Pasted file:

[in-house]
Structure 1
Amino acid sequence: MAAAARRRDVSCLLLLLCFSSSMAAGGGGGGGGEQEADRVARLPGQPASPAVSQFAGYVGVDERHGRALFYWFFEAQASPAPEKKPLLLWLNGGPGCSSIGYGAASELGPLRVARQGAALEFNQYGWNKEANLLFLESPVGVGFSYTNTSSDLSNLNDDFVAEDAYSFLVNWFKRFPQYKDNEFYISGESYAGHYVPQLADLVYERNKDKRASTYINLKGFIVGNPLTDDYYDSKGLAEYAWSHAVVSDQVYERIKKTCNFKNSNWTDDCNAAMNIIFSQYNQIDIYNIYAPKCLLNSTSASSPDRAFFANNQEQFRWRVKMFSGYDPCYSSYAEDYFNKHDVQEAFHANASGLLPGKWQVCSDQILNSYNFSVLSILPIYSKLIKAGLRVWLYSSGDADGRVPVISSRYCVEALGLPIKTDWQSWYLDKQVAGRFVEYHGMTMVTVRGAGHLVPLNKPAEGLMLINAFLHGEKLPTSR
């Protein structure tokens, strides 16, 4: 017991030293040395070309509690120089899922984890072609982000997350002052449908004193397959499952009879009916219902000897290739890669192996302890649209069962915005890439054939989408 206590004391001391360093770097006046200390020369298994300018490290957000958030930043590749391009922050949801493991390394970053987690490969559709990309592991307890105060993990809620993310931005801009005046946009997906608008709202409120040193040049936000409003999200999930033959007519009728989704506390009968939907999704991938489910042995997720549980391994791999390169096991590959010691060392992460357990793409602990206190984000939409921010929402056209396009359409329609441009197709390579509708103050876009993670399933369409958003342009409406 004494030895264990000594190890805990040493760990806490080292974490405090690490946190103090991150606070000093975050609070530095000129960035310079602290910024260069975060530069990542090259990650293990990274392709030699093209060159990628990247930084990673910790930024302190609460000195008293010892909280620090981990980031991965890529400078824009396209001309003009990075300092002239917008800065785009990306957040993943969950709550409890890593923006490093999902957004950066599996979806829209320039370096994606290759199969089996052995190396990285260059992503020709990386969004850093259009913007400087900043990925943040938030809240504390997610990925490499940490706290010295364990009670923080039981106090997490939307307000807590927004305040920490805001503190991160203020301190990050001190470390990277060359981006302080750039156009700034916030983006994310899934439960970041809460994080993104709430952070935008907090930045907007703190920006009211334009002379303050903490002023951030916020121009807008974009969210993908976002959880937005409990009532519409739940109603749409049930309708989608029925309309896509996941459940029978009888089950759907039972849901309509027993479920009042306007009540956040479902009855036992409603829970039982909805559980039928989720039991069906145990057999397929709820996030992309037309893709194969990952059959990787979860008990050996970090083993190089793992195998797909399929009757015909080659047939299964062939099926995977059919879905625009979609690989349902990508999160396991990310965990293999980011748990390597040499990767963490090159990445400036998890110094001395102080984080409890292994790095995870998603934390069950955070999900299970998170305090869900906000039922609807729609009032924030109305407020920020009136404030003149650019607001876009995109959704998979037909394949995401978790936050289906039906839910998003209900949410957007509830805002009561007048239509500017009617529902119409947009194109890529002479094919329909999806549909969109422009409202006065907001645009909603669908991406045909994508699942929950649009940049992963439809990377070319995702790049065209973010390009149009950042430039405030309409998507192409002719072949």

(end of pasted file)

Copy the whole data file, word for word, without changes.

[in-house]
Structure 1
Amino acid sequence: MAAAARRRDVSCLLLLLCFSSSMAAGGGGGGGGEQEADRVARLPGQPASPAVSQFAGYVGVDERHGRALFYWFFEAQASPAPEKKPLLLWLNGGPGCSSIGYGAASELGPLRVARQGAALEFNQYGWNKEANLLFLESPVGVGFSYTNTSSDLSNLNDDFVAEDAYSFLVNWFKRFPQYKDNEFYISGESYAGHYVPQLADLVYERNKDKRASTYINLKGFIVGNPLTDDYYDSKGLAEYAWSHAVVSDQVYERIKKTCNFKNSNWTDDCNAAMNIIFSQYNQIDIYNIYAPKCLLNSTSASSPDRAFFANNQEQFRWRVKMFSGYDPCYSSYAEDYFNKHDVQEAFHANASGLLPGKWQVCSDQILNSYNFSVLSILPIYSKLIKAGLRVWLYSSGDADGRVPVISSRYCVEALGLPIKTDWQSWYLDKQVAGRFVEYHGMTMVTVRGAGHLVPLNKPAEGLMLINAFLHGEKLPTSR
């Protein structure tokens, strides 16, 4: 017991030293040395070309509690120089899922984890072609982000997350002052449908004193397959499952009879009916219902000897290739890669192996302890649209069962915005890439054939989408 206590004391001391360093770097006046200390020369298994300018490290957000958030930043590749391009922050949801493991390394970053987690490969559709990309592991307890105060993990809620993310931005801009005046946009997906608008709202409120040193040049936000409003999200999930033959007519009728989704506390009968939907999704991938489910042995997720549980391994791999390169096991590959010691060392992460357990793409602990206190984000939409921010929402056209396009359409329609441009197709390579509708103050876009993670399933369409958003342009409406 004494030895264990000594190890805990040493760990806490080292974490405090690490946190103090991150606070000093975050609070530095000129960035310079602290910024260069975060530069990542090259990650293990990274392709030699093209060159990628990247930084990673910790930024302190609460000195008293010892909280620090981990980031991965890529400078824009396209001309003009990075300092002239917008800065785009990306957040993943969950709550409890890593923006490093999902957004950066599996979806829209320039370096994606290759199969089996052995190396990285260059992503020709990386969004850093259009913007400087900043990925943040938030809240504390997610990925490499940490706290010295364990009670923080039981106090997490939307307000807590927004305040920490805001503190991160203020301190990050001190470390990277060359981006302080750039156009700034916030983006994310899934439960970041809460994080993104709430952070935008907090930045907007703190920006009211334009002379303050903490002023951030916020121009807008974009969210993908976002959880937005409990009532519409739940109603749409049930309708989608029925309309896509996941459940029978009888089950759907039972849901309509027993479920009042306007009540956040479902009855036992409603829970039982909805559980039928989720039991069906145990057999397929709820996030992309037309893709194969990952059959990787979860008990050996970090083993190089793992195998797909399929009757015909080659047939299964062939099926995977059919879905625009979609690989349902990508999160396991990310965990293999980011748990390597040499990767963490090159990445400036998890110094001395102080984080409890292994790095995870998603934390069950955070999900299970998170305090869900906000039922609807729609009032924030109305407020920020009136404030003149650019607001876009995109959704998979037909394949995401978790936050289906039906839910998003209900949410957007509830805002009561007048239509500017009617529902119409947009194109890529002479094919329909999806549909969109422009409202006065907001645009909603669908991406045909994508699942929950649009940049992963439809990377070319995702790049065209973010390009149009950042430039405030309409998507192409002719072949």